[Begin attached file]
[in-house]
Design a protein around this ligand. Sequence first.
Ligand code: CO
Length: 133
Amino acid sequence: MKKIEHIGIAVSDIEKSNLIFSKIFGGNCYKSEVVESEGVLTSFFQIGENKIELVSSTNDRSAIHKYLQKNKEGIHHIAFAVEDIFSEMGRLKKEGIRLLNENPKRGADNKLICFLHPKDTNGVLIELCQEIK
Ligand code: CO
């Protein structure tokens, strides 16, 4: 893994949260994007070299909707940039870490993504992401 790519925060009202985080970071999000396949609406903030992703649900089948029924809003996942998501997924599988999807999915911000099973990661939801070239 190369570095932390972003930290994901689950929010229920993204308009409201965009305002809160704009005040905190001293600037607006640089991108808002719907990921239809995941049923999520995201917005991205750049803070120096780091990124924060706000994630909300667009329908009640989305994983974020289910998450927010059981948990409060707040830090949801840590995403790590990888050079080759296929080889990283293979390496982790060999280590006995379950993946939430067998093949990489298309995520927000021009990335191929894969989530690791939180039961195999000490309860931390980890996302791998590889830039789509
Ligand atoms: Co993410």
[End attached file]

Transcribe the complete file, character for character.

[in-house]
Design a protein around this ligand. Sequence first.
Ligand code: CO
Length: 133
Amino acid sequence: MKKIEHIGIAVSDIEKSNLIFSKIFGGNCYKSEVVESEGVLTSFFQIGENKIELVSSTNDRSAIHKYLQKNKEGIHHIAFAVEDIFSEMGRLKKEGIRLLNENPKRGADNKLICFLHPKDTNGVLIELCQEIK
Ligand code: CO
């Protein structure tokens, strides 16, 4: 893994949260994007070299909707940039870490993504992401 790519925060009202985080970071999000396949609406903030992703649900089948029924809003996942998501997924599988999807999915911000099973990661939801070239 190369570095932390972003930290994901689950929010229920993204308009409201965009305002809160704009005040905190001293600037607006640089991108808002719907990921239809995941049923999520995201917005991205750049803070120096780091990124924060706000994630909300667009329908009640989305994983974020289910998450927010059981948990409060707040830090949801840590995403790590990888050079080759296929080889990283293979390496982790060999280590006995379950993946939430067998093949990489298309995520927000021009990335191929894969989530690791939180039961195999000490309860931390980890996302791998590889830039789509
Ligand atoms: Co993410």